Tuesday, February 28, 2012

Australia PCEHR

Every nation wide EHR implementation is challenging, Australia's PCEHE is not alone, as what I quoted at the bottom of this post, there are both technical challenges and political challenges. However what I found good about PCEHR is the transparency and a lot of information is publicly available for discussion and comment. Here I list out few such documents I googled on the internet, which I found useful for sharing.

1. PCEHR Concept of Operations

The purpose of this document is to provide an overview of the Personally Controlled Electronic Health Record (PCEHR) System and how it will work.

Click here to access the document.

2. PCEHR Standards Review Final Selection of Standards

This report outlines the processes used in carrying out the PCEHR Standards Review, considers progress since previous related reviews and presents findings and recommendations for the proposed PCEHR system.

Click here to access the various documents.

3. Health CIO Paul Madden clears air on PCEHR standards debate

SPECIFICATIONS for a key part of the $500 million personally controlled e-health record have been released and a vendor portal launched to support software developers working on products for the system.

Click here for more.

4. Comments on the senate enquiry on the PCEHR

Click here for more.

Latest News w.r.t PCEHR

1) Everything you need to know about Australia PCEHR

Interestingly, advocates and critics both agree on the potential usefulness of electronic health records to improve patient outcomes and increase the potential efficiency of health services – even though evidence is scant that electronic health records, in and of themselves, improve the quality of care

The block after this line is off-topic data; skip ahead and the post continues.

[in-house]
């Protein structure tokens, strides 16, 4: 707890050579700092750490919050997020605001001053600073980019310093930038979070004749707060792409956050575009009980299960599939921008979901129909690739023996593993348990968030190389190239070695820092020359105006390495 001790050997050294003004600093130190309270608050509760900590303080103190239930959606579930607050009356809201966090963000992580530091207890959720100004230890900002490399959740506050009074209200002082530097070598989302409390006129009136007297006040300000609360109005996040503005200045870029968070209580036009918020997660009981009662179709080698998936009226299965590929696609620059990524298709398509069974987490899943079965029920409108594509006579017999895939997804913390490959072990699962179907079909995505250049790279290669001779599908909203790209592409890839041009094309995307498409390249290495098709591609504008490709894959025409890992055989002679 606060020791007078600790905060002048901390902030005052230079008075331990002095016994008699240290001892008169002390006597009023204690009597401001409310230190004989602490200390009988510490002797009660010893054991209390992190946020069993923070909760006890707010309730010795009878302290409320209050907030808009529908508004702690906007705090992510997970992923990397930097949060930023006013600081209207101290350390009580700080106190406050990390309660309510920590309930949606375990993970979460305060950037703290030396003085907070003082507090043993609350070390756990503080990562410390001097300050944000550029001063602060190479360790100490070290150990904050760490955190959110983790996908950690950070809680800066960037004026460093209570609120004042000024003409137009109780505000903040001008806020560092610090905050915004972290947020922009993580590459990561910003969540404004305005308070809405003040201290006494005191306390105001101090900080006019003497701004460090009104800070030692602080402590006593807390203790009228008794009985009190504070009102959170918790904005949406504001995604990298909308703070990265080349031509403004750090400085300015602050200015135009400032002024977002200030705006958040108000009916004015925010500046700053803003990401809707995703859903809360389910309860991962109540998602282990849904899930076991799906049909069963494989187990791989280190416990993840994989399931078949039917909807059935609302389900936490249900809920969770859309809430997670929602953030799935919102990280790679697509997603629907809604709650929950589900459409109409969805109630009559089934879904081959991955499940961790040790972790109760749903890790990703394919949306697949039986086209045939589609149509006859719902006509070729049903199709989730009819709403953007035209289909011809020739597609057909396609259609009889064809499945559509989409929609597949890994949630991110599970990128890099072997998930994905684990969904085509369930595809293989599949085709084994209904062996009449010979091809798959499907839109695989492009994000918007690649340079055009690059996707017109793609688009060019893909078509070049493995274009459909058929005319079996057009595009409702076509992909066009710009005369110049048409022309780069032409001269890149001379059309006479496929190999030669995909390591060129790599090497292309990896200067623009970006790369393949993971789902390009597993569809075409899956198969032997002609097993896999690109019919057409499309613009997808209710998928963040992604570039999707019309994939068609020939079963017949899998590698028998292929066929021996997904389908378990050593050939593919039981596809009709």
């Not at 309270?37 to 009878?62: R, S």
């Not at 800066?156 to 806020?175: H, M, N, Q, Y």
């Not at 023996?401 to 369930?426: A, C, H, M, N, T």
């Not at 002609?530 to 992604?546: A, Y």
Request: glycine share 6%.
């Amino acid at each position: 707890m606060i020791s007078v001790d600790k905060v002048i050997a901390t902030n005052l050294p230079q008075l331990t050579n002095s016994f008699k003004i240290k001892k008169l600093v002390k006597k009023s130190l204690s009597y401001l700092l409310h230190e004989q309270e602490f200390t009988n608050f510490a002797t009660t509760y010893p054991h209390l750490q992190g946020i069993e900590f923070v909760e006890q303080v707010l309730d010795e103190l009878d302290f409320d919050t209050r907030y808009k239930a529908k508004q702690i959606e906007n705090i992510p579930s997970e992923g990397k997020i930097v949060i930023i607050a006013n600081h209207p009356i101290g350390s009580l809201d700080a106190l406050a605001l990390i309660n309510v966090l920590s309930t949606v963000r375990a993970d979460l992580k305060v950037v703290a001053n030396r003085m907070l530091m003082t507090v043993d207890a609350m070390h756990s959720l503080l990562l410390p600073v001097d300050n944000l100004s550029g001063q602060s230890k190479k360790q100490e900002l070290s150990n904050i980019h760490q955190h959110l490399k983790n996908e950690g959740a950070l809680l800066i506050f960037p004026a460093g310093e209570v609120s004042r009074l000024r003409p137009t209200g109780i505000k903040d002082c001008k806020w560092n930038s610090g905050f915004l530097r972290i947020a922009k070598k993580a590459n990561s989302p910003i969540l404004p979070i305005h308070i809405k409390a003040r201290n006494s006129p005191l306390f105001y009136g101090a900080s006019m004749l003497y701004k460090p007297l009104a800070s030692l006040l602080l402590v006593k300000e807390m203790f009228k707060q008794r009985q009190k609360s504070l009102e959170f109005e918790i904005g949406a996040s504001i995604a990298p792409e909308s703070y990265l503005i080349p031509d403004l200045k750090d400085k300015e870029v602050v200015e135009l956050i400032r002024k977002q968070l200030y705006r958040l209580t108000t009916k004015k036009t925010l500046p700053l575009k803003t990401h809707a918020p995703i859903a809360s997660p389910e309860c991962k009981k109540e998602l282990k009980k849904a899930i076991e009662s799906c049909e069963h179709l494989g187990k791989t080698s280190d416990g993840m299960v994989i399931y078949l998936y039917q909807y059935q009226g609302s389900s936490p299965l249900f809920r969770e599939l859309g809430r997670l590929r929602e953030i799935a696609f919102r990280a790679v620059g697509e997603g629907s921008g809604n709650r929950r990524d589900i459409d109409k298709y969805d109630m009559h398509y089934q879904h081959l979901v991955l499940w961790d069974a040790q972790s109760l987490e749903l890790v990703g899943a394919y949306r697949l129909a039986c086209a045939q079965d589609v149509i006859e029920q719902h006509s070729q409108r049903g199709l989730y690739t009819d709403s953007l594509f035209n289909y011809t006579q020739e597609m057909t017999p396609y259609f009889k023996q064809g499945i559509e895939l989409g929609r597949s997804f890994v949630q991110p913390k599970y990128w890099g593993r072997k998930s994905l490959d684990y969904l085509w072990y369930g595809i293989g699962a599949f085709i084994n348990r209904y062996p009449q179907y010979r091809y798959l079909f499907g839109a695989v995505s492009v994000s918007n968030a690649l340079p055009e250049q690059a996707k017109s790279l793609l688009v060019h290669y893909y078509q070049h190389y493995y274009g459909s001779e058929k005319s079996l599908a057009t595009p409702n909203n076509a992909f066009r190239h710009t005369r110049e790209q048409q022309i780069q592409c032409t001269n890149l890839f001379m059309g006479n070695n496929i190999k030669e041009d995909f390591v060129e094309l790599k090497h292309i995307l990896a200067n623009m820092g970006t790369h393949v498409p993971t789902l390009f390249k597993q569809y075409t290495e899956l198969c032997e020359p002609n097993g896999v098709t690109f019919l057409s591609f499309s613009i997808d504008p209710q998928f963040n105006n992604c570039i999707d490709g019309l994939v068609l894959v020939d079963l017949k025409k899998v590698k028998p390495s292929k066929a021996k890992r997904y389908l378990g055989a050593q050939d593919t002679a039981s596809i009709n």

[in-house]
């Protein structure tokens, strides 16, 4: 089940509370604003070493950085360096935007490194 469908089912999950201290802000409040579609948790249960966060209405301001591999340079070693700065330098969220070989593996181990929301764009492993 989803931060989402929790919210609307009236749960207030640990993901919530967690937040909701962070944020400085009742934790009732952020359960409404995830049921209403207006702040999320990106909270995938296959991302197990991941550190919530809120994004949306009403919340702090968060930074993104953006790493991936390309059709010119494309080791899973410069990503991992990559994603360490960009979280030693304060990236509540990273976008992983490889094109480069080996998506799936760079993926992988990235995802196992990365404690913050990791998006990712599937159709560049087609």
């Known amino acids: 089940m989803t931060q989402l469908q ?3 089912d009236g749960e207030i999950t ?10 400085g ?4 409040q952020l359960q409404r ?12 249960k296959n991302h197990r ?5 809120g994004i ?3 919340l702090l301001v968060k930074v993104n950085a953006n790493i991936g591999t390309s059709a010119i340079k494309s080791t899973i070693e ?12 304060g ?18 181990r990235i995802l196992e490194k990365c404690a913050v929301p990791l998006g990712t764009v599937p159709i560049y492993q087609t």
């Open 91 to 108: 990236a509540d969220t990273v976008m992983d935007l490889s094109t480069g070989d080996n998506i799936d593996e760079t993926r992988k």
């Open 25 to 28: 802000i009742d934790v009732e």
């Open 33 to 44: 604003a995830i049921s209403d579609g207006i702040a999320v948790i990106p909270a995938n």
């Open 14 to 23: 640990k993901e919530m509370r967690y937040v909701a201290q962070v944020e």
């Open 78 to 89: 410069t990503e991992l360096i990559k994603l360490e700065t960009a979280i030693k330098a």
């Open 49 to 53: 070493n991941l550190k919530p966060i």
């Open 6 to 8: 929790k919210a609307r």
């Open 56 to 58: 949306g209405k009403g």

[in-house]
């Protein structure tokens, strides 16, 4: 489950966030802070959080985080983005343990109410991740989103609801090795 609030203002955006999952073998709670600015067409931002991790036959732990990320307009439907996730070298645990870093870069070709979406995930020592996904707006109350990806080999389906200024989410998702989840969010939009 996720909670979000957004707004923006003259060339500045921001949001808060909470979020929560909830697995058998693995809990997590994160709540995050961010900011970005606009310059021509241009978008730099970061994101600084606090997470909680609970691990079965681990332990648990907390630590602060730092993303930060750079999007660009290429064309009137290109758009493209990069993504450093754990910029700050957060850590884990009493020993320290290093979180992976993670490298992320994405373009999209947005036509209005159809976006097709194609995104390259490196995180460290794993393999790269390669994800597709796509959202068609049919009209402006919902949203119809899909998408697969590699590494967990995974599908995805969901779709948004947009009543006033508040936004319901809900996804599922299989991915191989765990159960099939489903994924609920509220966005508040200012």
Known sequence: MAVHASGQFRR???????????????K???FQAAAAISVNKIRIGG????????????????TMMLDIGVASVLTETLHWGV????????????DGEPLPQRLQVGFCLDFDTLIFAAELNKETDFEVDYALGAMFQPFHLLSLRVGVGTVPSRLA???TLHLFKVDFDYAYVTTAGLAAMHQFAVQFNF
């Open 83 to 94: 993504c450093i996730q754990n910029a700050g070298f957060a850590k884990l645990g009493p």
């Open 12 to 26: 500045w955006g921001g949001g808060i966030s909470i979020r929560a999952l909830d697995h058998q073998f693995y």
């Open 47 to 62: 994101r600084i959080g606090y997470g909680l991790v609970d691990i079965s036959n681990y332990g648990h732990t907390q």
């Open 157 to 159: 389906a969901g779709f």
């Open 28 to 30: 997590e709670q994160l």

It is very unlikely that the PCEHR will revolutionise health care in Australia any more than its equivalent did in the United Kingdom. From an e-health perspective, this will only come from a single shared electronic health record with clinical protocols and governance that allow health providers to collaborate with a patient in managing their health and wellbeing. But, hopefully, the steps taken in the PCEHR project will accelerate that process in Australia.

2). Labor's Personally Controlled Electronic Health Record system blows out to $760m

SPENDING on Labor's Personally Controlled Electronic Health Record system has blown out to $760 million, almost $300m more than the $466.7m budget.

The National E-Health Transition Authority has swallowed the original allocation almost whole -- it has received $466m in taxpayers' money since the PCEHR was announced by former health minister Nicola Roxon in 2010.

3). E-health records' $1m a day bill

KEVIN Rudd's plan for a popular, patient-centric e-health record system - announced to general head-scratching in early 2010 - has morphed into a lumbering monster that remains frustratingly out of everyone's grasp.

Allocated a mysteriously precise sum of $466.7m over two years in that budget, it now appears the decision was made by the boss in a hurry, without the benefit of proper cabinet consideration as former health minister Nicola Roxon revealed last week.

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